Attorney Thomas Liotti and his client Katuria D'Amato, seen in...

Attorney Thomas Liotti and his client Katuria D'Amato, seen in an undated photo, discuss a lawsuit against her husband, former Sen. Alfonse D'Amato. Credit: Shelby Knowles

A judge Tuesday dismissed a misdemeanor criminal contempt charge against the estranged wife of former Sen. Alfonse D'Amato that stemmed from her August arrest for allegedly violating a protective order relating to a dispute with Lido Beach neighbors. 

District Court Judge Tricia Ferrell found the rights of Katuria D'Amato, 53, to a speedy trial were violated and that there were "also no allegations of threats ever being communicated."

The judge added in her written ruling that the description of Katuria D'Amato's alleged behavior "doesn't amount to criminal conduct."

Katuria D'Amato is locked in a bitter child custody battle  with the former senator as the two divorce.

Her attorney, Thomas Liotti, claimed at the time of her August arrest that the neighbors in question were "abusing the system to have her arrested and embarrassed" so that Alfonse D'Amato would get an advantage in the couple's matrimonial court fight — a claim his attorney strongly denied.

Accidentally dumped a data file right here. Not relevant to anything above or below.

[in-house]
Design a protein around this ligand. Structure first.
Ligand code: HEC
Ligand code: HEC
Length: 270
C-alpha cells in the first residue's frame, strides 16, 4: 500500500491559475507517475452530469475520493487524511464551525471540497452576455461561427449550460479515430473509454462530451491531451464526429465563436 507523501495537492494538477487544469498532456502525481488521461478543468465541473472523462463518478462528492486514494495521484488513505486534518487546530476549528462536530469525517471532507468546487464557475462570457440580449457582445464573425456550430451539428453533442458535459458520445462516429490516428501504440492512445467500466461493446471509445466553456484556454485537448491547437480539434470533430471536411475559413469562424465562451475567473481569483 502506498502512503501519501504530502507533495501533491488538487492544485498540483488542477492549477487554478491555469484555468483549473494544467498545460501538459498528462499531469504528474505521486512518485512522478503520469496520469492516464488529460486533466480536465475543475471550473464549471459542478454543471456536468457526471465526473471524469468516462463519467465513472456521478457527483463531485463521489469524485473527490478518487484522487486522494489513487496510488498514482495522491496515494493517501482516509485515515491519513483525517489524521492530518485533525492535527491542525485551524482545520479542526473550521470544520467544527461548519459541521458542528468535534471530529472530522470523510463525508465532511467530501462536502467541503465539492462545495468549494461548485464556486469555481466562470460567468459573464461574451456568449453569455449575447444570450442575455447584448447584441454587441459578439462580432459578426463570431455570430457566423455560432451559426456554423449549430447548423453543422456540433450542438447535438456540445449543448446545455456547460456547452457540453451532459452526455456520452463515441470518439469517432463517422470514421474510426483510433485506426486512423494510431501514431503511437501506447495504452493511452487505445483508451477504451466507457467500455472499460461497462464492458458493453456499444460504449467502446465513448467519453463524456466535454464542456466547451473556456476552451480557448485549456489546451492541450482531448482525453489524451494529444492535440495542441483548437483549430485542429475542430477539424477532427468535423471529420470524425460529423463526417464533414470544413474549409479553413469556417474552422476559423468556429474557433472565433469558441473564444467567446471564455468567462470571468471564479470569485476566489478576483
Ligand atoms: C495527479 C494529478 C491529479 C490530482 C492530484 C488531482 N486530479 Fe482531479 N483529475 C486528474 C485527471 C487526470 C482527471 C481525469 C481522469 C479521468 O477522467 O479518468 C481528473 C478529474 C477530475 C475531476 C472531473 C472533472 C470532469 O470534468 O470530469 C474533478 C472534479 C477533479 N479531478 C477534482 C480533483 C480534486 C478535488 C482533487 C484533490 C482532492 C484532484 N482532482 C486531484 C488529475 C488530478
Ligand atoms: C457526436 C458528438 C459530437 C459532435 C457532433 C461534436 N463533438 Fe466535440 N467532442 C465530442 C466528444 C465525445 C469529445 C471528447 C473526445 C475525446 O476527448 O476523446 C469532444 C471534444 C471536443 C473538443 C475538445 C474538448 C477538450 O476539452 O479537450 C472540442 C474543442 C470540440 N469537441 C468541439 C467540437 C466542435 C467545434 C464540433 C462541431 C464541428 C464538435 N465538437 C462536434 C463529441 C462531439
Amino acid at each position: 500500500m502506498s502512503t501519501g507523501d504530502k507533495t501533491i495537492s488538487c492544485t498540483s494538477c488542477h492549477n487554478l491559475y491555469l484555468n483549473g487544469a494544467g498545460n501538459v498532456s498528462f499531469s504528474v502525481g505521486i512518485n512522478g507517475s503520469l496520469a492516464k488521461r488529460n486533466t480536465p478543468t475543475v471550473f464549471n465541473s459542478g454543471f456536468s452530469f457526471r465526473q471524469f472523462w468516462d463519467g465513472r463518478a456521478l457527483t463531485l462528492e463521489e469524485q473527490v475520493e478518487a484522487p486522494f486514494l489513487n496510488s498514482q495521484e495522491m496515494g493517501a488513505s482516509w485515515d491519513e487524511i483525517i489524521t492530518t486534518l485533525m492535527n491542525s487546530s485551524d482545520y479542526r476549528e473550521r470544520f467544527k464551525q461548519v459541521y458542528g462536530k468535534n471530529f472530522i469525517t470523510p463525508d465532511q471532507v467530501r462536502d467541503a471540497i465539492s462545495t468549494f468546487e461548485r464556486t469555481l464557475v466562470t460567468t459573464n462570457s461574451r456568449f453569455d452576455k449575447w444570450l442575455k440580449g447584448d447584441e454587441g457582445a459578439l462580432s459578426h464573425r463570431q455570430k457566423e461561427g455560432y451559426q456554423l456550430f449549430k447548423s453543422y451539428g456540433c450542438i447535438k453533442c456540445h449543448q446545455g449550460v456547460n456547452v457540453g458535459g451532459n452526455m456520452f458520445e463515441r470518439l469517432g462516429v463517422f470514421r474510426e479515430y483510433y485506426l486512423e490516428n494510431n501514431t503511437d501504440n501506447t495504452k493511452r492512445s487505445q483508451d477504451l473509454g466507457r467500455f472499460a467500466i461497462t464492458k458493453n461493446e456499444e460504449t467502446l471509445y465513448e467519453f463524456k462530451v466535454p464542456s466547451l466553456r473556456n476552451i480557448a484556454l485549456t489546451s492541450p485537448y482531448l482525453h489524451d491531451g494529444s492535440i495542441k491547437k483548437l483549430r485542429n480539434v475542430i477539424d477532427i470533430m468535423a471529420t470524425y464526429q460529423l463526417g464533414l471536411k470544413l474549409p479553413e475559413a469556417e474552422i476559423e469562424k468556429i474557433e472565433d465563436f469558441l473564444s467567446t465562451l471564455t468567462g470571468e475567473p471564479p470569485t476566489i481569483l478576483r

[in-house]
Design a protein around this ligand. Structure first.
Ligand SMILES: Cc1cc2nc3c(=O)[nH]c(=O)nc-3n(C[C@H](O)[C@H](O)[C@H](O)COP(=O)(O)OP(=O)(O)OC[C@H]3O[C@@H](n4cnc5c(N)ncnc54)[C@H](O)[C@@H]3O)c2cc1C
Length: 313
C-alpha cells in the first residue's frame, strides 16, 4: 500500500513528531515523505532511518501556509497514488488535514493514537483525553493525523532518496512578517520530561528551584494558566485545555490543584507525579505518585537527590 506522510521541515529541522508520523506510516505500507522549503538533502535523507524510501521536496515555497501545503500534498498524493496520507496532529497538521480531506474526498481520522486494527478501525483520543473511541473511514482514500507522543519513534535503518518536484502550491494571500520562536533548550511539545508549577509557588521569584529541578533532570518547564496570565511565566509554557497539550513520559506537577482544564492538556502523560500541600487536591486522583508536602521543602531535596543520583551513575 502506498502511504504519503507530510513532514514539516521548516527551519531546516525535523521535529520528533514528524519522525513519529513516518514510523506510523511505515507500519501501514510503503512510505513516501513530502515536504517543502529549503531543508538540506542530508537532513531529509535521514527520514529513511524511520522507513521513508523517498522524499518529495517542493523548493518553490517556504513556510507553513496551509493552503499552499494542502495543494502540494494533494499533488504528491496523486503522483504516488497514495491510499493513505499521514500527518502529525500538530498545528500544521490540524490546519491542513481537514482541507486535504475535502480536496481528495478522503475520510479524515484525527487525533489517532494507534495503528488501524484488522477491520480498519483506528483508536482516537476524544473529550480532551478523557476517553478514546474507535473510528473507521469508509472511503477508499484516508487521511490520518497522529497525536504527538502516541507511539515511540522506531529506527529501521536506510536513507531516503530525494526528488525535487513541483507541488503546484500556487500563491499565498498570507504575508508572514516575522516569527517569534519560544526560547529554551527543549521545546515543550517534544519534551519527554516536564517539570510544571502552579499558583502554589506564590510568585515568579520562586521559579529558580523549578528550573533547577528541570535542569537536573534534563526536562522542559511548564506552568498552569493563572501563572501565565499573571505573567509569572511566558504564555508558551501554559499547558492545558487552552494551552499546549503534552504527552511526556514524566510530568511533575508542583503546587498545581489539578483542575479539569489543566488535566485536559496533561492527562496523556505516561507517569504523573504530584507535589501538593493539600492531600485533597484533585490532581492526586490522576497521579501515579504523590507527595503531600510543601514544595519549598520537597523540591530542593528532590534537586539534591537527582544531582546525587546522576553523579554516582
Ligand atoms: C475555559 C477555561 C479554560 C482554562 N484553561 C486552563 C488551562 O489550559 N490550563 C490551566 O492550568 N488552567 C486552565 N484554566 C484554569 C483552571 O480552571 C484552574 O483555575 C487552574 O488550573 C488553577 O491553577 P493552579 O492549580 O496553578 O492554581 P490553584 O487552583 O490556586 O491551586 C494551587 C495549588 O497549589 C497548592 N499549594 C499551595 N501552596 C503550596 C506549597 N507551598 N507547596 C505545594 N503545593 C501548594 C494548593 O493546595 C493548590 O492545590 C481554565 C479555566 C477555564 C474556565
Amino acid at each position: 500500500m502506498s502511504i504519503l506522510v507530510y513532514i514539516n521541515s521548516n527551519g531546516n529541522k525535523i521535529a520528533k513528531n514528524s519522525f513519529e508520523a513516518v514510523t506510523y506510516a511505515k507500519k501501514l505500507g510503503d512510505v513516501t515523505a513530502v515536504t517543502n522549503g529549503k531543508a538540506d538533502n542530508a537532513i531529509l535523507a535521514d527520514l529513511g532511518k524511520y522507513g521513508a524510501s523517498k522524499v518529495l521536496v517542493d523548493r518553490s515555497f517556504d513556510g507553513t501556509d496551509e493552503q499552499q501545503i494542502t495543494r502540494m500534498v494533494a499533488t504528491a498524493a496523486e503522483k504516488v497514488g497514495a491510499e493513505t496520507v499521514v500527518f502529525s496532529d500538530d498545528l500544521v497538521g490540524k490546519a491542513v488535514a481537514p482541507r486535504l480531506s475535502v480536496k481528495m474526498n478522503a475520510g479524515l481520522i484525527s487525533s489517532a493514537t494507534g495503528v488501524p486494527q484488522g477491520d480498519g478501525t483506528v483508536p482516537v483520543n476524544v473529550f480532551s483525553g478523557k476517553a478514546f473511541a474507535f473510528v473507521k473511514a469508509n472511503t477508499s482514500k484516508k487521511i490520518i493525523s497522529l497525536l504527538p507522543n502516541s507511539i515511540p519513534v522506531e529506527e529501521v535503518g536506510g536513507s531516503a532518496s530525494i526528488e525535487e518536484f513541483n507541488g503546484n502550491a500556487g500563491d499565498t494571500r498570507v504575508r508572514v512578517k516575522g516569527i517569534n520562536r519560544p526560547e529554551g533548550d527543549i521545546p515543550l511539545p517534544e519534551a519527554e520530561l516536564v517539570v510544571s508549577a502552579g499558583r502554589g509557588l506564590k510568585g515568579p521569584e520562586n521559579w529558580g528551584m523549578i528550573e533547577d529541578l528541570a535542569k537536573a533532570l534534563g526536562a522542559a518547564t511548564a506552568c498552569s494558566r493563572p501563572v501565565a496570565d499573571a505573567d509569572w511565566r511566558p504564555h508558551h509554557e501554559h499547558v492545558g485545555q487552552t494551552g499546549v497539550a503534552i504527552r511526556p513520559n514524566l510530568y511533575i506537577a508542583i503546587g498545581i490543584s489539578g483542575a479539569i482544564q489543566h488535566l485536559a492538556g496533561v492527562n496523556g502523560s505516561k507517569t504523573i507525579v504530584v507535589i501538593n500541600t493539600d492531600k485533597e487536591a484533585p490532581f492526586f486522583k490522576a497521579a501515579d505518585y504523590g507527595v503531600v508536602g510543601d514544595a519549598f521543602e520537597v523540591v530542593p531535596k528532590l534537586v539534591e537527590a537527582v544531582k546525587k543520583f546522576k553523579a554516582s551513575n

Court papers showed Katuria D'Amato's misdemeanor arrest came after her neighbor, Catherine Cash, claimed the woman gave her "the middle finger" on July 31 and cursed at her after Cash looked out a window and saw D'Amato gesturing in her own Buxton Street driveway.

The criminal contempt allegation followed a June 25 dispute that Katuria D'Amato had with Cash's husband, James Cash, which led Nassau police in early July to charge the estranged senator's wife with a noncriminal harassment violation.

Katuria D'Amato arrives at matrimonial court on Jan. 4, 2019 in...

Katuria D'Amato arrives at matrimonial court on Jan. 4, 2019 in Mineola. Credit: Howard Schnapp

In the initial case, police alleged Katuria D'Amato berated the male neighbor and cursed at him before chest-bumping him — an encounter that led to a no-harassment order.

But Katuria D'Amato told prosecutors in a complaint that James Cash had told her son "how terrible" she was before they exchanged words. She also has denied chest-bumping him.

The harassment case remains pending, according to court records.

"I feel vindicated. I didn't do anything wrong," Katuria D'Amato said Tuesday in a phone interview about the misdemeanor dismissal.

Prosecutors, who opposed the dismissal, declined to comment.

The Cashes couldn't immediately be reached Tuesday by phone.

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